National Party MPs are now meeting at Parliament to decide the fate of their caucus colleague Jami-Lee Ross.
Leader Simon Bridges is set to ask MPs to consider possible action against the MP, including suspension from caucus.
Minutes before Mr Bridges identified Mr Ross as the likely leaker of his travel expenses yesterday, the MP went on Twitter with a range of allegations against his leader.
MPs arriving this morning were asked what they made of his actions.
Most made no comment saying it was a matter for the caucus but some senior MPs did express an opinion with Scott Simpson saying Mr Ross's behaviour was "reprehensible"; his colleague Michael Woodhouse said it was "disappointing".
The MP for New Plymouth Jonathan Young said it was "very surprising".
"I think today, the caucus will meet and discuss, there's strong support for Simon Bridges of course."
Nicky Wagner said the party had a "strong caucus" and they will deal with the situation.
"This is a blip in a big history of a strong party."
MPs meet at at 10.30am and will be presented with the PwC report into the leak and an accompanying QC decision before voting on what action to take.
Mr Ross is currently on medical leave from Parliament.
He has been invited to come to caucus to put his case but has made no comment since his Twitter outburst early yesterday afternoon.
"The caucus will be asked to consider all relevant matters, including his membership of caucus," Mr Bridges said.
Mr Bridges said suspension was an option.
However, given the response of some of his MPs after the news broke, it seemed more likely that explusion was on the table.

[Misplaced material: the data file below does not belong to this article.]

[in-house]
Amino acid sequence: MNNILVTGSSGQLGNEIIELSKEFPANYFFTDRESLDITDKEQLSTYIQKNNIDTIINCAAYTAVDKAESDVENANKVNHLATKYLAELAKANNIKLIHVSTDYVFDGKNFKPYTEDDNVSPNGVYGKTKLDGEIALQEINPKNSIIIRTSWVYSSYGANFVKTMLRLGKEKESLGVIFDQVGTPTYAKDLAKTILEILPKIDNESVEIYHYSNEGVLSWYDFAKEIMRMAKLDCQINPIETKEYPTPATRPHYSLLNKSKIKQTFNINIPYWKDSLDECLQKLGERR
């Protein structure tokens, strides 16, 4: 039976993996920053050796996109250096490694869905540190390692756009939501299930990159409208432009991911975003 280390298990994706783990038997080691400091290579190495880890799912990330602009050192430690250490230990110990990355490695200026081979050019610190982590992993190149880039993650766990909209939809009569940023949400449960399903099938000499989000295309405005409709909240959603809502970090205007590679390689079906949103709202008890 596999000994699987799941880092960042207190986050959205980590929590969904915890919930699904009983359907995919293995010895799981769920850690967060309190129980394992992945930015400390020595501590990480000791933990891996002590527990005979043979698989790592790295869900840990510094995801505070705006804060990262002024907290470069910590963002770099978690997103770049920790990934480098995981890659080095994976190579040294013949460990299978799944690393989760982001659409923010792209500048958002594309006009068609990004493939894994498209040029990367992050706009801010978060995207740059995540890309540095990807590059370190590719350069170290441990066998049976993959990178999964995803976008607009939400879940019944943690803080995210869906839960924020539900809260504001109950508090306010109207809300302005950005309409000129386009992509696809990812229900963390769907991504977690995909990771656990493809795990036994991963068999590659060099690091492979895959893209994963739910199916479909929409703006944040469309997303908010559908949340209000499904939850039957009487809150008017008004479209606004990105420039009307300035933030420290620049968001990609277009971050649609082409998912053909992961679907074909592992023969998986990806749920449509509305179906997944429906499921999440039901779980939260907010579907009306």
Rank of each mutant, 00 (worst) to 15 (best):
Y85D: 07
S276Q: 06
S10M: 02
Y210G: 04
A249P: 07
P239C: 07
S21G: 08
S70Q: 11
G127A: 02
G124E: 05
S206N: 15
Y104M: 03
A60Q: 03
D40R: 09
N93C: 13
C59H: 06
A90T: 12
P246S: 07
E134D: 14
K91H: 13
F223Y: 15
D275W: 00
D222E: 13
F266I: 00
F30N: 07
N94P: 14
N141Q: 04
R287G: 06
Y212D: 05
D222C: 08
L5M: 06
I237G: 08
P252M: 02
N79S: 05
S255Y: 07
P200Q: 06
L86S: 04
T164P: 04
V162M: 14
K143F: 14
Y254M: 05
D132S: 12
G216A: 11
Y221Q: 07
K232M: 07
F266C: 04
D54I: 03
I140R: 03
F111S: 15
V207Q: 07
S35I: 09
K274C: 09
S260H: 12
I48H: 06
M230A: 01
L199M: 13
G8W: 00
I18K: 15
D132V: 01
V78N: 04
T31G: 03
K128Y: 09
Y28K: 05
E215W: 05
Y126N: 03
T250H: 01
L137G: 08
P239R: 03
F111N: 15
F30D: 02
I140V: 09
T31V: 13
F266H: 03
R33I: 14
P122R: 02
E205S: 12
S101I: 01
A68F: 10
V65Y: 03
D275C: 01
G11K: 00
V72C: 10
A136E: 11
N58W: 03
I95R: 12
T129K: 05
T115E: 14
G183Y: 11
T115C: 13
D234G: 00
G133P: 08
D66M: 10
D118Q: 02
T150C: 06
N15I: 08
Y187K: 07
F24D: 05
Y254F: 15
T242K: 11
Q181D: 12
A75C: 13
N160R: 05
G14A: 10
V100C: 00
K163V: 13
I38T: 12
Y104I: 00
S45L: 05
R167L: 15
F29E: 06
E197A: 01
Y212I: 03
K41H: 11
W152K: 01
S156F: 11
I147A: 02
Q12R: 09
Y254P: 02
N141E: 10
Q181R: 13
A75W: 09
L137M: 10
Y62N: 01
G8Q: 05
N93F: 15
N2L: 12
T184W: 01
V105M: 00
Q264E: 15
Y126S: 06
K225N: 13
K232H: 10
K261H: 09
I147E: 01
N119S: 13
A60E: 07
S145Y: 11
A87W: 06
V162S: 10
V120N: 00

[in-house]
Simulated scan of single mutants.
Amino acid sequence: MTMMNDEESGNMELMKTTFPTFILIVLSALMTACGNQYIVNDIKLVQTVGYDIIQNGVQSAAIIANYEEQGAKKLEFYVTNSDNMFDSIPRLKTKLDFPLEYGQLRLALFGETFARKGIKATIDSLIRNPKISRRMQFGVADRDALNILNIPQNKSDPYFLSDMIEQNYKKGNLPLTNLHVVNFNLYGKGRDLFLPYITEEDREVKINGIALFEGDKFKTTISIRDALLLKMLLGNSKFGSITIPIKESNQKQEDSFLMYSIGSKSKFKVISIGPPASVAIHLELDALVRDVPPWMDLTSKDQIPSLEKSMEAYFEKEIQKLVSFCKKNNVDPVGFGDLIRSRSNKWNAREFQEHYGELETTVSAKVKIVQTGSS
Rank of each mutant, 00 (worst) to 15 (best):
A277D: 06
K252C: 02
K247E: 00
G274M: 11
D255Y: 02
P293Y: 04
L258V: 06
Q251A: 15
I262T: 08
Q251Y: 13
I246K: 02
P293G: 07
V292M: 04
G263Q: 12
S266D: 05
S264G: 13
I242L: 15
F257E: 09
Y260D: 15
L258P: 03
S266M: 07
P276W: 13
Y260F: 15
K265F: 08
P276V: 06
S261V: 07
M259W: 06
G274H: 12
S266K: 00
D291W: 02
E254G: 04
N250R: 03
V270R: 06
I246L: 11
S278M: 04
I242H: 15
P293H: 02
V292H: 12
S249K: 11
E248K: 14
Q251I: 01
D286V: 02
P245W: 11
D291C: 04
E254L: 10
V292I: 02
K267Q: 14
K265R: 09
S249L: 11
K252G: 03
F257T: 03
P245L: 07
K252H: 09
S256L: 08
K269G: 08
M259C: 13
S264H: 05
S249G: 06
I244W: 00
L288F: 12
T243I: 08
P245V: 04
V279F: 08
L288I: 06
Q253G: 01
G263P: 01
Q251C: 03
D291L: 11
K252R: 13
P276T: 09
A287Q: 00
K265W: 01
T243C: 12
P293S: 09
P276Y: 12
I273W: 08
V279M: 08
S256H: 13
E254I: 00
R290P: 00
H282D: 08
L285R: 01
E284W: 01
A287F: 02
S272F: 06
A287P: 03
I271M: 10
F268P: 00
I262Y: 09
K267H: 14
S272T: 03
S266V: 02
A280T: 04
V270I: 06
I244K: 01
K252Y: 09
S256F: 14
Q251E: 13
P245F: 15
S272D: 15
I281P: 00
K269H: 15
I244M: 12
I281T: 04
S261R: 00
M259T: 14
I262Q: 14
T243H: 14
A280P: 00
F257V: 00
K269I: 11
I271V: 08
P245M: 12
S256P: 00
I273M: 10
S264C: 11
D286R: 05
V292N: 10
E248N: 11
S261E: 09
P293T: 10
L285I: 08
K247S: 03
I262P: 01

National MP Maggie Barry made her feelings known on social media tweeting that Jami-Lee Ross was a disloyal disgrace and calling him a flawed and isolated individual.
She said having read the PWC report she personally believed what she called the 'unpleasant and bullying pattern of behaviour' of Mr Ross had no place in an otherwise united National caucus under leader Simon Bridges.
National MP Judith Collins said the social media outburst was extraordinary.
"I would be very surprised if our caucus felt that this behaviour was at all acceptable."
Ms Collins, who had previously put her name forward for the leadership, said she thought Mr Bridges would be able to lead the party into the next election.
"Because from my point of view, there is no point putting the blame on to Simon Bridges when quite clearly the person who was recording information and the threats in which were implicit in the tweets from Jami-Lee Ross.
"I'm always going to side with the leader when you see that sort of behaviour.
"I would never put up with that behaviour, I don't expect Simon to put up with that behaviour, I don't expect our caucus to put up with it."
Another former leadership contender, MP Mark Mitchell, said Mr Bridges' leadership was absolutely not at risk.
"Not at all - and it's not something that we'll be discussing at caucus. We'll be discussing the report and action that has to be taken, and any decisions that the caucus might have to take."
Under the waka-jumping law if the caucus votes to expel Jami-Lee Ross he must be given 21 days to respond and Mr Bridges must also be able to show that Mr Ross has acted in a way that distorts the proportionality of Parliament and is likely to keep doing it.
Once all those boxes are ticked, Mr Bridges could notify the Speaker of a vacancy.
If Mr Ross is eventually expelled, that will force a by-election in his Botany electorate.
National's caucus meeting will start at about 10.30am.